Once there was a Donkey who belonged to a man living next to a temple. Every year, the temple had a festival, where the statue of the local god was carried around the town square by a beautiful stallion. However, eventually the stallion became too sick and old to bear the weight of the idol, and the monks, not having enough money to purchase a new horse, asked their neighbor for the loan of his Donkey.

The Donkey had never paid attention to the festival, so had no idea what all the fuss was about when, laden with the stone god, he trotted out into the town square and found himself the center of attention. Everyone cheered and clapped, bowing and throwing gifts of flowers to the idol. The Donkey, thinking the people were cheering him, held his head up high and proudly carried the idol around the town square before returning to his stable.

Frowning at his humble surroundings, the Donkey became angry and said to the other animals: “Look at this dingy old stall! I am a revered and important person and deserve better than to be cooped up with you ordinary animals! And look at this filthy manger! Certainly, such a holy Donkey like me deserves better food than oats and hay!”

He went on for some time in this manner, until an old Crow spoke wisely: “You were carrying the image of a god, a symbol of a divinity: the people were cheering at the idea of the god, not at you, or even the idol itself. Just because you carried a statue on your back does not make you any more holy than you were yesterday. You are a Donkey, no more, no less; now stop putting on airs and be content.”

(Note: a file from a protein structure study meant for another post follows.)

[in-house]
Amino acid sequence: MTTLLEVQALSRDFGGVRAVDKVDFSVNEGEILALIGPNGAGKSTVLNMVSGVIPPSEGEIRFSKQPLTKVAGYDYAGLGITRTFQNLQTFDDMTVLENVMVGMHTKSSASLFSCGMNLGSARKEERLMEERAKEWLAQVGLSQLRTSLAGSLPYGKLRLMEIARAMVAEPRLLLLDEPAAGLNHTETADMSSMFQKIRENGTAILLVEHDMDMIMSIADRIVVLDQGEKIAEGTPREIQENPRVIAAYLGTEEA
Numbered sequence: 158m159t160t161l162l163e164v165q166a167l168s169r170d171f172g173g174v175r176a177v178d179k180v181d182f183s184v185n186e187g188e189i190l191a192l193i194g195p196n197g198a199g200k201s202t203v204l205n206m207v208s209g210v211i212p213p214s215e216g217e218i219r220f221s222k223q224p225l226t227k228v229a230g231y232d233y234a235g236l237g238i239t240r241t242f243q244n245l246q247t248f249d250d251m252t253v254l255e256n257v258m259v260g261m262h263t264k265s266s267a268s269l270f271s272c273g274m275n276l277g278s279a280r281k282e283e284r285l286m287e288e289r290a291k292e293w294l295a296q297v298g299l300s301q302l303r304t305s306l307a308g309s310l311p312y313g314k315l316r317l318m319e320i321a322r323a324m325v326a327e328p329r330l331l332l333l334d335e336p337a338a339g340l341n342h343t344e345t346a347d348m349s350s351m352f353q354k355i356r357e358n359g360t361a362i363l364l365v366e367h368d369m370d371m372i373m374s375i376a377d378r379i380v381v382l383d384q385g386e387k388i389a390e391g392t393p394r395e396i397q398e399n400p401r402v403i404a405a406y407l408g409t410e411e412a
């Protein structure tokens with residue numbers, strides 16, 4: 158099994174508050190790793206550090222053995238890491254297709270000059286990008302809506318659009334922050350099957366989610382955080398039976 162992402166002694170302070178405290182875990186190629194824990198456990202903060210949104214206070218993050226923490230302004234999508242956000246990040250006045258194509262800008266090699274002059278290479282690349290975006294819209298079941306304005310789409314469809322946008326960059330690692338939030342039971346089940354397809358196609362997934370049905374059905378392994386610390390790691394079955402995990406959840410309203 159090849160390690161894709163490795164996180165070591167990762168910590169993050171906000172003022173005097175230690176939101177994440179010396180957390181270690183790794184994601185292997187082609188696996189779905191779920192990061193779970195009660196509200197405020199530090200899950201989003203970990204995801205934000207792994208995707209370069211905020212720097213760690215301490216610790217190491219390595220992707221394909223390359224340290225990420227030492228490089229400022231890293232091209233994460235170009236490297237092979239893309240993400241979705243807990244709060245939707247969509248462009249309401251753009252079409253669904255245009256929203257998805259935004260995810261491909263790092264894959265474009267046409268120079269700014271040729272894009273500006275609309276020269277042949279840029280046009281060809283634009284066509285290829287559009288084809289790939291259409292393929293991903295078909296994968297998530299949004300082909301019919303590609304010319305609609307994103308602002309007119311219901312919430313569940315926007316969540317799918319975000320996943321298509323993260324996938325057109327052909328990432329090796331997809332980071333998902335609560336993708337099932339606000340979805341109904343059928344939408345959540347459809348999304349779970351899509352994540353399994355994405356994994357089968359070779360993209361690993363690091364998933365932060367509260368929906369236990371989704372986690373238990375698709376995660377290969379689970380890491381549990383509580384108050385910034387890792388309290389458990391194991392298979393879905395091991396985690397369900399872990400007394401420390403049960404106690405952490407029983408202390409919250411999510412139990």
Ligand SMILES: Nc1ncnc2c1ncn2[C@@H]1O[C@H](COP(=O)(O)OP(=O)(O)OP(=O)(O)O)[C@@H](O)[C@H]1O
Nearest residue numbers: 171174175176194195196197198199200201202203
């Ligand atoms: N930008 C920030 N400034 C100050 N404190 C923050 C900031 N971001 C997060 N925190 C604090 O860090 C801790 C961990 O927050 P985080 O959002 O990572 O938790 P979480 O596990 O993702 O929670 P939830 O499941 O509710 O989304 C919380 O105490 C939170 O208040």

There are many who think that, because they somehow represent their idea of god, that they are holy themselves, and better than “ordinary” people, but nothing could be further from the truth. The same is true for those who think that wealth or status entitles them to better treatment.

Healthy skepticism shows us that it is the idea of something higher than us which brings people of faith together, that we are all entitled to fair treatment, and most importantly, that there is a big difference between a divinity and the one carrying the idol on their back.

Editor's Note: While we at OMF value all free expression of opinion, the views expressed by our contributing authors are their own and do not necessarily reflect the opinions of OMF, its board members, or trustees.

What do you think about this article? Do you agree? Have you read Spike’s dystopian novelDo you have a story about misplaced reverence that you’d like to share? We’d love to hear from you!